'It's not okay': Djokovic fiasco enrages Serbs

Belgrade (AFP) – The detention of world number one Novak Djokovic in Australia over his alleged failure to meet pandemic entry requirements has fuelled anger and charges of racism in his native Serbia.


Hundreds have rallied for the past two days in support of the tennis star, the president has evoked a "political witch hunt" and Serbia's religious leader has called for the nation to offer prayers for their favourite son.

The vaccine-sceptic tennis star was detained after arriving in Australia earlier this week for failing to "provide appropriate evidence" of double vaccination -- the necessary medical exemption needed to enter the country.

Although Serbia got off to a strong start with Covid vaccinations, the drive has stalled. That has been blamed on widespread scepticism fuelled by a lack of trust in the government and other institutions as a result of frequent corruption scandals and a general lack of transparency.

Djokovic's fate remains uncertain with his deportation order pending after winning a temporary reprieve Thursday.

"Thank you to people around the world for your continuous support. I can feel it and it is greatly appreciated," the 34-year-old Djokovic, who is in a detention facility in Melbourne awaiting an appeal, said on Instagram.

"It's a shame what is going on," said Dusan Stojic, a 67-year-old pensioner, who shed tears during a demonstration in Belgrade.

"First, you call him and tell him that all documents are okay, and then you keep him in such an institution," said David Lukovic, a 23-year-old entrepreneur, referring to the hotel where Djokovic is being held which has allegedly been serving maggot-ridden food.

'That is not okay'

"That is not okay," he added.

Others mirrored the sentiment.

"It's not the vaccine that's the problem, it's because he's Serbian and the best tennis player in the world," tweeted Djokovic fan Marinko Bulatovic.

"Enough of the chicanery and abuse just because the greatest comes from a small country in the Balkans," added Marija Santic.

The row has struck a popular chord, with Serbia's president offering the player full diplomatic support.

"What is not fair play is the political witch hunt by everybody including the Australian prime minister pretending that the rules apply to all," Aleksandar Vucic told the media.

The Australian ambassador to Serbia was handed a verbal protest note over the "inappropriate treatment" of the player in Melbourne.

"Djokovic is not a criminal, terrorist or illegal migrant, but was treated that way by the Australian authorities, which causes an understandable indignation of his fans and citizens of Serbia," the foreign ministry said.

Djokovic thanked his supporters on Instagram
Djokovic thanked his supporters on Instagram Greg WOOD AFP/File

Florian Bieber, a Balkan expert from the University of Graz in Austria, told AFP the controversy was "being reframed not just by his parents, but also by Serbian media and the president as a national issue".

"A strong victim narrative fits into the nationalist view growing in strength in Serbia of a Western world that is inherently anti-Western," he added.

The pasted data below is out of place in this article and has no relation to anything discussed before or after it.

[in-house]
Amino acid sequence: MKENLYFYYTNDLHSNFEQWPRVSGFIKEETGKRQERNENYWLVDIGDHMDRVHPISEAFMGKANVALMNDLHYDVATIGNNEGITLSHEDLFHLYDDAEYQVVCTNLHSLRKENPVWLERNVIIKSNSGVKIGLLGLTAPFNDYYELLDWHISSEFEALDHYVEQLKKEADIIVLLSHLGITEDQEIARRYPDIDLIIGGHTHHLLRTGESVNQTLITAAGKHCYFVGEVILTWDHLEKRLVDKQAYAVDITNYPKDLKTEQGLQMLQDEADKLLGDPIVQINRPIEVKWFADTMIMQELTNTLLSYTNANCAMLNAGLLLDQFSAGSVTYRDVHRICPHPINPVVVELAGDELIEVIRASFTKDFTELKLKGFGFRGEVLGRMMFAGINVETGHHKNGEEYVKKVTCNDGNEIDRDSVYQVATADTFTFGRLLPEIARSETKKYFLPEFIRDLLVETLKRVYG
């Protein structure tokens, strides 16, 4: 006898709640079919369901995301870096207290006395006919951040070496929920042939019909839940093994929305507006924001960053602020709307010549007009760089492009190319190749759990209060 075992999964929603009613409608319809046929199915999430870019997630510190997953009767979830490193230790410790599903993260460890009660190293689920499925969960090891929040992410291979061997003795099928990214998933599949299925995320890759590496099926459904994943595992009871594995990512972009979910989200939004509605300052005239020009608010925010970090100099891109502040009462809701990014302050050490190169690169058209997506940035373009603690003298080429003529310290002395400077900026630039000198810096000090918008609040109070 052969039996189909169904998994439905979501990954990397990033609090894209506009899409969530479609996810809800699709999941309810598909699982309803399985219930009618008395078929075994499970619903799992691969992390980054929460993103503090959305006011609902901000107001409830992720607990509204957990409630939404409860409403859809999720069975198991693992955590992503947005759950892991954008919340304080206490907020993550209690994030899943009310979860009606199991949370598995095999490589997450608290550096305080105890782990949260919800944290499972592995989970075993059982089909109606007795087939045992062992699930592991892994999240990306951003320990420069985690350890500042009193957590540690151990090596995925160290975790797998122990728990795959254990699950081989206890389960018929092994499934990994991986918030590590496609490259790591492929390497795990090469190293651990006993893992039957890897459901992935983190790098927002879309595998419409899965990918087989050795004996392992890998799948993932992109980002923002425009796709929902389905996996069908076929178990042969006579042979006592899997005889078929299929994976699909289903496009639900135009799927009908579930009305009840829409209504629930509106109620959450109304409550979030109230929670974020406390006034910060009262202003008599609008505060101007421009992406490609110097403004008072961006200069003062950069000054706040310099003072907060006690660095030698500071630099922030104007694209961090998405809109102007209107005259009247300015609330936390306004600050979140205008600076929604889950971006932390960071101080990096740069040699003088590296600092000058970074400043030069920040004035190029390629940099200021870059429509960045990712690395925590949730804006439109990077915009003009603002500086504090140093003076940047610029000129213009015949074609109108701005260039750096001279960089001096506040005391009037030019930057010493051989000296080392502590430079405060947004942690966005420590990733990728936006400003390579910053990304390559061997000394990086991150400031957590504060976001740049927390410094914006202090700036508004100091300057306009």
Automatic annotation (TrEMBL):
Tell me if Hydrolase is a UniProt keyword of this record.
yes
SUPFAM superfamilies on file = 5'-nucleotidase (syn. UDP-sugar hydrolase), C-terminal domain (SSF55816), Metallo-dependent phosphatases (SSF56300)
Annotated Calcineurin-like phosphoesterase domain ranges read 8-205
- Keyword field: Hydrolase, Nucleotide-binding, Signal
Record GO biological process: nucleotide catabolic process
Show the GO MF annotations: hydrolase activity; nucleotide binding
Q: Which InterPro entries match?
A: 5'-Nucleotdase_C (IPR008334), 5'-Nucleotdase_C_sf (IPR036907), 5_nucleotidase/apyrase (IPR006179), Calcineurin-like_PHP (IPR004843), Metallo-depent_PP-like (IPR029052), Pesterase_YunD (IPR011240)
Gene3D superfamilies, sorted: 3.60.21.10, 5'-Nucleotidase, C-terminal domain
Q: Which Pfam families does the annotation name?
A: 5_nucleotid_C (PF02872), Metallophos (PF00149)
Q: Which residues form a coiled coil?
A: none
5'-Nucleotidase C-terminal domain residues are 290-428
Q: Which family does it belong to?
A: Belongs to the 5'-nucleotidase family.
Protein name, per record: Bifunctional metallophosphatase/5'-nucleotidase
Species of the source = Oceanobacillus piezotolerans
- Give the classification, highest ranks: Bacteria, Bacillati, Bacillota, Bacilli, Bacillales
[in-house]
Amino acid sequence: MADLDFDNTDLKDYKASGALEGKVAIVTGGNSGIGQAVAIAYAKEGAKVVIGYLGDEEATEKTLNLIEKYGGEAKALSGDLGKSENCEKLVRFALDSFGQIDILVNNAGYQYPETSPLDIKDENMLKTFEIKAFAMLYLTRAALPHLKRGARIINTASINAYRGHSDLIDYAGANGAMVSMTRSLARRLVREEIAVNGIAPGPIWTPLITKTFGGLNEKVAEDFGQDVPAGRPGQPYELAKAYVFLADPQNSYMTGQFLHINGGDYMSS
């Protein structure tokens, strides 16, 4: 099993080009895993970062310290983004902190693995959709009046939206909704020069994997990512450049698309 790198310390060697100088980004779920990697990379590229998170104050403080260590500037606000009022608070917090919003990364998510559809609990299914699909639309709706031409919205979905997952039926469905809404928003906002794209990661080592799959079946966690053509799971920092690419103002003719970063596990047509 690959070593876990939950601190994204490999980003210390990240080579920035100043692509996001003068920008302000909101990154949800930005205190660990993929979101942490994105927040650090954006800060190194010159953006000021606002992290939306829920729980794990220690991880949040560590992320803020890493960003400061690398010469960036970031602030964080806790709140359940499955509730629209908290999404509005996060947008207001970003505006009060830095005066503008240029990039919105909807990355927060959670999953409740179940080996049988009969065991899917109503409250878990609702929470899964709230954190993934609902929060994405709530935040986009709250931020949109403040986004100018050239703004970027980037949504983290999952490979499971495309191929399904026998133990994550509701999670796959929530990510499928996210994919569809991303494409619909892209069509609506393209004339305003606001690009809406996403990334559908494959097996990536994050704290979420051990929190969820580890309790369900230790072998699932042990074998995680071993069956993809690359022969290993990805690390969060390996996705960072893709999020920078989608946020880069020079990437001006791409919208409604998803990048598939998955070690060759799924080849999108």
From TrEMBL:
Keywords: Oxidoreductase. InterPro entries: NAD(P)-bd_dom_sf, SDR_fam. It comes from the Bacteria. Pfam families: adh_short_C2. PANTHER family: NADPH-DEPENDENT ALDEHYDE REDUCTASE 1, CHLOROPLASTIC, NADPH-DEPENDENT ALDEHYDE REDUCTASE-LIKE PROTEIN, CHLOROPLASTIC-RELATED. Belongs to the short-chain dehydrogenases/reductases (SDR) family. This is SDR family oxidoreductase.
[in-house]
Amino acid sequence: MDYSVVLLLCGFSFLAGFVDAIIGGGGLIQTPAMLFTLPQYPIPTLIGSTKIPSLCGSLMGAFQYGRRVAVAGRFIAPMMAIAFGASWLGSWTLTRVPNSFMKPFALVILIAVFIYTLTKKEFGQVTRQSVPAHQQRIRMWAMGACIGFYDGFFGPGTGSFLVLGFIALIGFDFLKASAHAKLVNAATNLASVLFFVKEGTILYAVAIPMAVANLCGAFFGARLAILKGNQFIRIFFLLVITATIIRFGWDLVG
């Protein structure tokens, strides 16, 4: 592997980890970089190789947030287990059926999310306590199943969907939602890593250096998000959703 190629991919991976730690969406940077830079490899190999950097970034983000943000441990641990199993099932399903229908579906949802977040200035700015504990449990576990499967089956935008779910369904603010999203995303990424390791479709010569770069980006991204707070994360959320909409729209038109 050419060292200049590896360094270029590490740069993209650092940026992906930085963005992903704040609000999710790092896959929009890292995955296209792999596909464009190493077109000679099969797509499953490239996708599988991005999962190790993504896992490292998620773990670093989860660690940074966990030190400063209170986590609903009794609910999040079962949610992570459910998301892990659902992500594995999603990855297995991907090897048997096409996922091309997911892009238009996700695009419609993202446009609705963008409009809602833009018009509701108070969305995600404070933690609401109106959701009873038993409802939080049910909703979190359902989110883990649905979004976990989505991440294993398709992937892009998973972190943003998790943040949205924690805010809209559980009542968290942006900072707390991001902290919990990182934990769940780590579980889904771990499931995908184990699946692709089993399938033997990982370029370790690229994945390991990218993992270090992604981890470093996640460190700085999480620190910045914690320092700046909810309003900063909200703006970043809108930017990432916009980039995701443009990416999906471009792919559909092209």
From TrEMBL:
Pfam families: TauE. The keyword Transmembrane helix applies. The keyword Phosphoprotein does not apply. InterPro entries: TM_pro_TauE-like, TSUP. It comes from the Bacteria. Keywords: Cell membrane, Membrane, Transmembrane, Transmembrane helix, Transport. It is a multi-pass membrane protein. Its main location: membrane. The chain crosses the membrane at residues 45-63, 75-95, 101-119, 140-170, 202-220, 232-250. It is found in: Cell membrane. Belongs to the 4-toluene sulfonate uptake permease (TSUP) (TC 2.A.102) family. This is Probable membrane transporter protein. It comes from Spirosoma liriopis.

Djokovic, who has won a record-equalling 20 Grand Slam titles, is immensely popular in Serbia for bringing fresh pride to his country following the bloody wars of the 1990s, when the Balkans were a byword for war crimes and ethnic cleansing.

Resentment among swathes of the population continues to simmer in Serbia over what many see as unfair treatment during the bloody breakup of Yugoslavia, when the international community hit Belgrade with sanctions and later air strikes.

History has not been kind to Serbs. Caught in between expanding empires, the country has been occupied, invaded and laid to waste by a series of internecine wars over the centuries.


During a demonstration in Belgrade Thursday, Djokovic's father referenced the country's violent past while rallying support for his son.

"More than 100 years ago there were six million of us," Srdjan Djokovic screamed into a megaphone, pointing out that the country's population has changed little in the past century.

"Why? Because they were killing, bombing, sanctioning us, chasing us from our country."

During an earlier press conference, Srdjan Djokovic compared his son's plight with that of Jesus, saying "Novak is also crucified".

On Friday, he slammed Australian Prime Minister Scott Morrison calling him, in a word play, a "big villain". In Serbian, word 'scot' which is pronounced like name Scott, means villain.

"This Scott, this prime minister, this big villain, dared to talk like this about Novak. Shame on him and all those politicians there," he told reporters during a rally in downtown Belgrade.

Morrison has defended revoking Djokovic's visa saying that "rules are rules and there are no special cases".

As Serbia celebrates Orthodox Christmas this week, the leader of the Serbian Orthodox Church offered his support.

"Only a pale shadow will remain from troubles and temptations that you are facing on Christmas," wrote Patriarch Porfirije on social media.

"Millions of Orthodox Serbs are praying for you."